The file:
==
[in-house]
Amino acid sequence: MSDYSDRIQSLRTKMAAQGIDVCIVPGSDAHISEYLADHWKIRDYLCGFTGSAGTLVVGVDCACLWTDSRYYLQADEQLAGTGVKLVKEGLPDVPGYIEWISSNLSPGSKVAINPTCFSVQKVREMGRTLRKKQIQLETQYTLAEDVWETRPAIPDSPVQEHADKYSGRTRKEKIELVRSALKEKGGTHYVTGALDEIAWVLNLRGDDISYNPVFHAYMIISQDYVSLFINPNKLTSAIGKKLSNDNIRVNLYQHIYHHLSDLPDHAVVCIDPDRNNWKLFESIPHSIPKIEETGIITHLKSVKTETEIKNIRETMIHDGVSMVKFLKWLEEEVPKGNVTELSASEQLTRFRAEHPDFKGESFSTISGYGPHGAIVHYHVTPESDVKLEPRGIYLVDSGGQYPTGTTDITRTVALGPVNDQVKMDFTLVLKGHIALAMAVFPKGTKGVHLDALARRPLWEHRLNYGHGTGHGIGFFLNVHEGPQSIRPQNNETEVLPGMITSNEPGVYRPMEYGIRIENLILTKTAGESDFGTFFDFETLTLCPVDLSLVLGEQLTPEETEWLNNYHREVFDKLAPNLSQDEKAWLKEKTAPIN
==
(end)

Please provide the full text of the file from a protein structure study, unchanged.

[in-house]
Amino acid sequence: MSDYSDRIQSLRTKMAAQGIDVCIVPGSDAHISEYLADHWKIRDYLCGFTGSAGTLVVGVDCACLWTDSRYYLQADEQLAGTGVKLVKEGLPDVPGYIEWISSNLSPGSKVAINPTCFSVQKVREMGRTLRKKQIQLETQYTLAEDVWETRPAIPDSPVQEHADKYSGRTRKEKIELVRSALKEKGGTHYVTGALDEIAWVLNLRGDDISYNPVFHAYMIISQDYVSLFINPNKLTSAIGKKLSNDNIRVNLYQHIYHHLSDLPDHAVVCIDPDRNNWKLFESIPHSIPKIEETGIITHLKSVKTETEIKNIRETMIHDGVSMVKFLKWLEEEVPKGNVTELSASEQLTRFRAEHPDFKGESFSTISGYGPHGAIVHYHVTPESDVKLEPRGIYLVDSGGQYPTGTTDITRTVALGPVNDQVKMDFTLVLKGHIALAMAVFPKGTKGVHLDALARRPLWEHRLNYGHGTGHGIGFFLNVHEGPQSIRPQNNETEVLPGMITSNEPGVYRPMEYGIRIENLILTKTAGESDFGTFFDFETLTLCPVDLSLVLGEQLTPEETEWLNNYHREVFDKLAPNLSQDEKAWLKEKTAPIN